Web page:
This section is from the book "Wayside And Woodland Blossoms", by Edward Step. Also available from Amazon: Wayside And Woodland Blossoms: A Guide To British Wild-Flowers.
The Woodbine or Common Honeysuckle is one of the most familiar of our wild flowers, and as great a favourite as any. It owes its popularity not only to the beauty of its flowers, but also to its strong sweet odour, and in some measure to its graceful twining habit. The tough stem grows to a great length - ten to twenty feet in some cases - and always twines from left to right. The egg-shaped leaves are attached in pairs, the lower ones by short stalks, but the upper ones are stalkless (sessile). The flowers are clustered, the calyces closely crowded, five-toothed. The corolla-tube may be from one to two inches long, the free end (limb) divided into five lobes, which split irregularly into two opposite lips. It is rich in honey, the corolla being often half filled with it, and consequently it is a great favourite with bees and moths, who are bound to bring and fetch pollen from the outstanding anthers of one plant and deposit it upon the equally obtrusive stigma of another. The flowers are succeeded by a cluster of round crimson berries. Widely distributed in hedges, copses, and on heaths.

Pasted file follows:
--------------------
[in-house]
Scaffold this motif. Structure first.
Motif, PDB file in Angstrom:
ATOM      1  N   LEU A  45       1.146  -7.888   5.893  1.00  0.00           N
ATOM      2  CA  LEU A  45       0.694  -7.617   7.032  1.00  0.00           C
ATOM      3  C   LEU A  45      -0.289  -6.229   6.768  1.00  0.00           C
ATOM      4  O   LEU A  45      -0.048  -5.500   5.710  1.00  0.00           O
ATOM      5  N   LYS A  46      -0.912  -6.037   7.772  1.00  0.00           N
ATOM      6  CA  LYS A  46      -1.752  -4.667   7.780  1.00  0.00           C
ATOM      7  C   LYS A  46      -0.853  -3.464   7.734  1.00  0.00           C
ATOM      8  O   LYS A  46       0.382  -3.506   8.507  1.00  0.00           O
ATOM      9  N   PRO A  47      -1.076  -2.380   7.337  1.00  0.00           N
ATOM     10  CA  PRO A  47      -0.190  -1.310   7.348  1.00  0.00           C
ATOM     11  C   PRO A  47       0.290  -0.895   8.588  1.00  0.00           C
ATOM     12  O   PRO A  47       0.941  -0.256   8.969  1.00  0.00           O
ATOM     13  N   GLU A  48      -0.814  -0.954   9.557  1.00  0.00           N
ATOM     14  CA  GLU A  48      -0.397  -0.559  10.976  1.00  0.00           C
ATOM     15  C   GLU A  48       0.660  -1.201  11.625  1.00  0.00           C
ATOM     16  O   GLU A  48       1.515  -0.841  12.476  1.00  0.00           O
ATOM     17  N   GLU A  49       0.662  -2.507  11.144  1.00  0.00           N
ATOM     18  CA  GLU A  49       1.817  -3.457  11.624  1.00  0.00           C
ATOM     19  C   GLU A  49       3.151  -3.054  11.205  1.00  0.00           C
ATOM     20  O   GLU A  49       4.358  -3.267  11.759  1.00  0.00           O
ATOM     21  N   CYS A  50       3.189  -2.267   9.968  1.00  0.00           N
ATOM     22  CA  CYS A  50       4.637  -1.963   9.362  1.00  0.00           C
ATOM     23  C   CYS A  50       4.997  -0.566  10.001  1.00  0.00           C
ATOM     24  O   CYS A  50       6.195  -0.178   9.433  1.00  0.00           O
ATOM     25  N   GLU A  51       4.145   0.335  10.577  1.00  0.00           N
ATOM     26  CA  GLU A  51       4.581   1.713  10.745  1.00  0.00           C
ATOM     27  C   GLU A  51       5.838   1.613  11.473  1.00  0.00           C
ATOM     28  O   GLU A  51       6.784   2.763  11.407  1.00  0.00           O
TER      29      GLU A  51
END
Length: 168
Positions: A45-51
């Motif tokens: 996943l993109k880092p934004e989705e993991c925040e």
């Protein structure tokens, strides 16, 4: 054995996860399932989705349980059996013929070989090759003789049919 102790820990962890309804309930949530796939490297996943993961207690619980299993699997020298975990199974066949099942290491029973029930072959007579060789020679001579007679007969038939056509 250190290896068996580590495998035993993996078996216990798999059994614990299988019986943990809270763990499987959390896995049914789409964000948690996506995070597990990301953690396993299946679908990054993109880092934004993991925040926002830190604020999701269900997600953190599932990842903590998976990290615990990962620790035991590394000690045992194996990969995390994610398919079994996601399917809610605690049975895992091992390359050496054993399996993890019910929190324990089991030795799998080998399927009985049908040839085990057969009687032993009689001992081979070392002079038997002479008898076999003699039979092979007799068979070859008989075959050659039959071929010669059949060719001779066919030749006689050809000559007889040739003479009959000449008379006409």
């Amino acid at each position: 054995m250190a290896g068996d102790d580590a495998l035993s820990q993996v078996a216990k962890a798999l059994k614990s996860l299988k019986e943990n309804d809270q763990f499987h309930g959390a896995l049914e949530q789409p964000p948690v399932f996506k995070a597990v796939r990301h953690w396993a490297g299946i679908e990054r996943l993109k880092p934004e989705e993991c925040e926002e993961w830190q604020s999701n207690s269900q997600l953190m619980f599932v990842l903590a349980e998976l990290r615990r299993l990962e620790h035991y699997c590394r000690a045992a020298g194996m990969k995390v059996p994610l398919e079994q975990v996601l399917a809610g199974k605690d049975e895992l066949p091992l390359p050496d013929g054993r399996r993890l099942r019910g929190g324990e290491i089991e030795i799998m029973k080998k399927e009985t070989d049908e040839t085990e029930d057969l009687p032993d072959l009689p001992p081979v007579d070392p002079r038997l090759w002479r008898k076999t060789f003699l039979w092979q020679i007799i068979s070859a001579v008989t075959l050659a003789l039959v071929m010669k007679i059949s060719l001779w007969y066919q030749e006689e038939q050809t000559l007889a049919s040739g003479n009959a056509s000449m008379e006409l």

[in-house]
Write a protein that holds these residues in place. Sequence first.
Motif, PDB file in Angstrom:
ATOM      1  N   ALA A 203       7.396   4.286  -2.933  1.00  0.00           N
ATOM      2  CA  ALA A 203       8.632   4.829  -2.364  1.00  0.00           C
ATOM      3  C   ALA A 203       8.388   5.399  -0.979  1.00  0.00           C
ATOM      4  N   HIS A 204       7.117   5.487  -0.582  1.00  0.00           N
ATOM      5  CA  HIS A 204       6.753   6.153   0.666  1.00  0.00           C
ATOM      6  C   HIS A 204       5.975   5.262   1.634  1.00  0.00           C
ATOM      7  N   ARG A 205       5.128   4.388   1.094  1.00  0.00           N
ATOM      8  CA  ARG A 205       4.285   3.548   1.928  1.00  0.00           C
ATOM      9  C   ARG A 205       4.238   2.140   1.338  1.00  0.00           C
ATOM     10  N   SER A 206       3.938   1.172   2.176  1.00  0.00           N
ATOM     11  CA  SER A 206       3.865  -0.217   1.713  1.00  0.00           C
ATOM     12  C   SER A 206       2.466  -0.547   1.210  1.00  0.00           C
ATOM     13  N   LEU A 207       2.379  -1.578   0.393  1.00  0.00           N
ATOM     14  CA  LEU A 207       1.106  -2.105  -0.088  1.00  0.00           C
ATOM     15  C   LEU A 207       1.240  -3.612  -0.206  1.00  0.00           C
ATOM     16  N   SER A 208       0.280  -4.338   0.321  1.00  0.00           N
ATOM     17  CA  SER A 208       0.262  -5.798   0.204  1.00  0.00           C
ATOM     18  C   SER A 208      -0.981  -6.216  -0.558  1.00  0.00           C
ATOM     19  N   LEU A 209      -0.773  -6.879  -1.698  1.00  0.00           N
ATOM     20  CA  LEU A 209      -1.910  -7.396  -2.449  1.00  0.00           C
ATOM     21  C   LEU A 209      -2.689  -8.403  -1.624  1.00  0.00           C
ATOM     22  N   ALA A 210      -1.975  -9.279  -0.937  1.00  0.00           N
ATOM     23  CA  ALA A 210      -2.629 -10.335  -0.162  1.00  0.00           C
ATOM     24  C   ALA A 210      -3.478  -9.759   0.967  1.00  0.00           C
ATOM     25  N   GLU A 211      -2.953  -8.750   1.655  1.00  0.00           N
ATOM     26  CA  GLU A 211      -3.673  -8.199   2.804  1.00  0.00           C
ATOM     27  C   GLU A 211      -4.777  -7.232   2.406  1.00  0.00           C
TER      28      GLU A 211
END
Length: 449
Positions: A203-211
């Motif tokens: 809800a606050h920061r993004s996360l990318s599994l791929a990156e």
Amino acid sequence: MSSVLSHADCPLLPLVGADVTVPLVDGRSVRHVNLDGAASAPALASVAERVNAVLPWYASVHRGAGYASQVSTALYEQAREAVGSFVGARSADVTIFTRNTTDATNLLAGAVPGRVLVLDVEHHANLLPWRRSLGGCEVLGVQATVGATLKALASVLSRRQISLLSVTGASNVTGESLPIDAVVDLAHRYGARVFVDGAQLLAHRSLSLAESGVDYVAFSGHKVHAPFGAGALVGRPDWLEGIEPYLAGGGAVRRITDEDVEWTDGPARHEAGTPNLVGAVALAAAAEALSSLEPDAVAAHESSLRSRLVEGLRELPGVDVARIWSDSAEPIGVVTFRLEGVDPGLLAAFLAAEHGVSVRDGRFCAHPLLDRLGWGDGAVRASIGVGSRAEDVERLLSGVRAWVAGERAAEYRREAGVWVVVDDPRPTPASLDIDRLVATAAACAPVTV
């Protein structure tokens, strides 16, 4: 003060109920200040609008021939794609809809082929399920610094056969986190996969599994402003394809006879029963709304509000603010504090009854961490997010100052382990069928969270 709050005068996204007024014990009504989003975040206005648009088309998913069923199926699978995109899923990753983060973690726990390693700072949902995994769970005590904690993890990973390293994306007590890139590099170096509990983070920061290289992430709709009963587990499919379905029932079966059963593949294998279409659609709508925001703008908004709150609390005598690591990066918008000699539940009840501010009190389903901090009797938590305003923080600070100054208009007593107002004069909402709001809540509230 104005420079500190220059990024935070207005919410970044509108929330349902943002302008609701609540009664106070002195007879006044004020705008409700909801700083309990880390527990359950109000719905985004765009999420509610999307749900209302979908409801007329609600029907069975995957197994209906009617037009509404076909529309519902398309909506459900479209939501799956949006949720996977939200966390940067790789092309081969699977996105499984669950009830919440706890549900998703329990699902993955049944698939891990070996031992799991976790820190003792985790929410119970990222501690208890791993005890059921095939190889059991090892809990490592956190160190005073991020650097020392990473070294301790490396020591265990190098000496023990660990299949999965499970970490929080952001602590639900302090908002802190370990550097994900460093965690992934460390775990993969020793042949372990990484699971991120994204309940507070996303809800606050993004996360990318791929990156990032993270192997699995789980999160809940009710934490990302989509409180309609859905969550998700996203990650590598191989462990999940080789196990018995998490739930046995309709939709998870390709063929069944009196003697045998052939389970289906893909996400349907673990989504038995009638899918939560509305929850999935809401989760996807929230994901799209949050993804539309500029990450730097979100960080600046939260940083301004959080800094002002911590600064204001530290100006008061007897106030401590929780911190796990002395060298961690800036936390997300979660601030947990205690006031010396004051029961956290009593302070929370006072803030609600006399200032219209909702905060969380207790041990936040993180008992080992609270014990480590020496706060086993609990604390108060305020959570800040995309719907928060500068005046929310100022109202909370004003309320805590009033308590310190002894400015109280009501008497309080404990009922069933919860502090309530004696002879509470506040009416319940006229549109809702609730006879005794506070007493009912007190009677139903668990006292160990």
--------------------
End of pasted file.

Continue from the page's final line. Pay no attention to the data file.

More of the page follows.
Lonicera caprifolium. - Caprifoliaceae. -